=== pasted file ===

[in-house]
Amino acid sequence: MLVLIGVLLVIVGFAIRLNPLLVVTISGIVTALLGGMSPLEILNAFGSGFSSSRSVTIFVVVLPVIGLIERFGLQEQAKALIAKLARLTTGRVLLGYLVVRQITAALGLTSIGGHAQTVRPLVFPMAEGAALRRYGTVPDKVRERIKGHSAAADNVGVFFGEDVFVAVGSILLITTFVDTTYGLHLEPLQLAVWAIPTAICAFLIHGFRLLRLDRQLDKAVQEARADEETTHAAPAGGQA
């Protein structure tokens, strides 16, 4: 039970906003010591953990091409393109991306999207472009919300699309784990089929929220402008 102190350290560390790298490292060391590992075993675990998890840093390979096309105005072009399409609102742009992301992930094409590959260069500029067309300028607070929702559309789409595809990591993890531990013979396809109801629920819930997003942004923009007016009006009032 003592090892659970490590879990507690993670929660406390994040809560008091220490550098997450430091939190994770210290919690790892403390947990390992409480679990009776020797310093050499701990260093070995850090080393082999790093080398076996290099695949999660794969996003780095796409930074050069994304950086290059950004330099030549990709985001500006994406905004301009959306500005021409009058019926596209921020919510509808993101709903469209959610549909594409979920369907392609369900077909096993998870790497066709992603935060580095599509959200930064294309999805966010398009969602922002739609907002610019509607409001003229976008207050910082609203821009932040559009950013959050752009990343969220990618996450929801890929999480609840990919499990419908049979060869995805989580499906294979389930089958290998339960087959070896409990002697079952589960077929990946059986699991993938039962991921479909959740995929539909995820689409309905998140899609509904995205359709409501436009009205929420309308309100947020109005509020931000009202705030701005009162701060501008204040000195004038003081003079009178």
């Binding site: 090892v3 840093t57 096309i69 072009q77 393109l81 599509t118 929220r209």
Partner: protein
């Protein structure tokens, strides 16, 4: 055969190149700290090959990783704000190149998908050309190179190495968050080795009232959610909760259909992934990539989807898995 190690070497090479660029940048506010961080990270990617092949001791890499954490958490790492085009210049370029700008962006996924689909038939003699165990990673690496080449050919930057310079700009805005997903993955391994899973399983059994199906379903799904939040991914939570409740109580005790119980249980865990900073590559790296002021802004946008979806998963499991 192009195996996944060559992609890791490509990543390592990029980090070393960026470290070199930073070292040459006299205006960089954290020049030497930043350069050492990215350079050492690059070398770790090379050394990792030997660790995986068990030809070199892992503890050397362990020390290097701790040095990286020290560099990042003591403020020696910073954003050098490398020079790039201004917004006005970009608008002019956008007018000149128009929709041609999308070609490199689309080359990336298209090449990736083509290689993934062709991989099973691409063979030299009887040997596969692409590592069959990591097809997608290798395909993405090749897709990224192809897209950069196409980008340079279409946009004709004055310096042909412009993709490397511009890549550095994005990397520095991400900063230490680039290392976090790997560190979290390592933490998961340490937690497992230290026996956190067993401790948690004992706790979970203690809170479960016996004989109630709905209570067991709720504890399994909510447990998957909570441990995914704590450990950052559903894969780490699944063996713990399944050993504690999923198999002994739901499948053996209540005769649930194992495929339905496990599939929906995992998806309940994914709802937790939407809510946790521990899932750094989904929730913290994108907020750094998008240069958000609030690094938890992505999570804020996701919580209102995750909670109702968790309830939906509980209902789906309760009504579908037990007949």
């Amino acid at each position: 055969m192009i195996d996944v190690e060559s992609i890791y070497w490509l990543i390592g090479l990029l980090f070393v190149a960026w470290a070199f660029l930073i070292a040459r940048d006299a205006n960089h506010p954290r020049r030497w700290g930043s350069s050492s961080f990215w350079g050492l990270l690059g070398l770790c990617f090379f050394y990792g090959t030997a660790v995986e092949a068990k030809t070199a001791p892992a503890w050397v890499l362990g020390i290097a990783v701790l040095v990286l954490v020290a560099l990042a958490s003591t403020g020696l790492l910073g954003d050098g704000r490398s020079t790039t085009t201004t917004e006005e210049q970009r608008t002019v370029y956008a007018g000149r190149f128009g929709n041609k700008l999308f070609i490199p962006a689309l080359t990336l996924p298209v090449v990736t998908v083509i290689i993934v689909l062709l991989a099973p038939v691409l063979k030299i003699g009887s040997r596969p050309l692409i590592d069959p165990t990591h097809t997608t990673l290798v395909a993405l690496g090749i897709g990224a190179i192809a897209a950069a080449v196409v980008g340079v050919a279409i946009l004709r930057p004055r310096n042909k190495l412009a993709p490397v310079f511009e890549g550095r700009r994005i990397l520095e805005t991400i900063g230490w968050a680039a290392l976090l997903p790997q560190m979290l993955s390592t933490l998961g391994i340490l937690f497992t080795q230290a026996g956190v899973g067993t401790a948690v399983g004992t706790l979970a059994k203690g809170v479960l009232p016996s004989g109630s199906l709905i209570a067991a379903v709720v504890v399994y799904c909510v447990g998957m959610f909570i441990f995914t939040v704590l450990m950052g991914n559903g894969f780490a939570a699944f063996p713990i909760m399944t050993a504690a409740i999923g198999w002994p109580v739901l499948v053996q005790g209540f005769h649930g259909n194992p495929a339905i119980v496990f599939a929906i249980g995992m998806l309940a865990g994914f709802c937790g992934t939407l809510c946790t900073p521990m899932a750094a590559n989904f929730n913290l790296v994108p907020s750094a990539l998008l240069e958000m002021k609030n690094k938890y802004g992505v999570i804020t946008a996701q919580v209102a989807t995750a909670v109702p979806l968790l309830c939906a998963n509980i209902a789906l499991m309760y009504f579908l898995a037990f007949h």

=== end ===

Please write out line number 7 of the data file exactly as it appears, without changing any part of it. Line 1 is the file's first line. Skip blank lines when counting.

């Amino acid at each position: 055969m192009i195996d996944v190690e060559s992609i890791y070497w490509l990543i390592g090479l990029l980090f070393v190149a960026w470290a070199f660029l930073i070292a040459r940048d006299a205006n960089h506010p954290r020049r030497w700290g930043s350069s050492s961080f990215w350079g050492l990270l690059g070398l770790c990617f090379f050394y990792g090959t030997a660790v995986e092949a068990k030809t070199a001791p892992a503890w050397v890499l362990g020390i290097a990783v701790l040095v990286l954490v020290a560099l990042a958490s003591t403020g020696l790492l910073g954003d050098g704000r490398s020079t790039t085009t201004t917004e006005e210049q970009r608008t002019v370029y956008a007018g000149r190149f128009g929709n041609k700008l999308f070609i490199p962006a689309l080359t990336l996924p298209v090449v990736t998908v083509i290689i993934v689909l062709l991989a099973p038939v691409l063979k030299i003699g009887s040997r596969p050309l692409i590592d069959p165990t990591h097809t997608t990673l290798v395909a993405l690496g090749i897709g990224a190179i192809a897209a950069a080449v196409v980008g340079v050919a279409i946009l004709r930057p004055r310096n042909k190495l412009a993709p490397v310079f511009e890549g550095r700009r994005i990397l520095e805005t991400i900063g230490w968050a680039a290392l976090l997903p790997q560190m979290l993955s390592t933490l998961g391994i340490l937690f497992t080795q230290a026996g956190v899973g067993t401790a948690v399983g004992t706790l979970a059994k203690g809170v479960l009232p016996s004989g109630s199906l709905i209570a067991a379903v709720v504890v399994y799904c909510v447990g998957m959610f909570i441990f995914t939040v704590l450990m950052g991914n559903g894969f780490a939570a699944f063996p713990i909760m399944t050993a504690a409740i999923g198999w002994p109580v739901l499948v053996q005790g209540f005769h649930g259909n194992p495929a339905i119980v496990f599939a929906i249980g995992m998806l309940a865990g994914f709802c937790g992934t939407l809510c946790t900073p521990m899932a750094a590559n989904f929730n913290l790296v994108p907020s750094a990539l998008l240069e958000m002021k609030n690094k938890y802004g992505v999570i804020t946008a996701q919580v209102a989807t995750a909670v109702p979806l968790l309830c939906a998963n509980i209902a789906l499991m309760y009504f579908l898995a037990f007949h």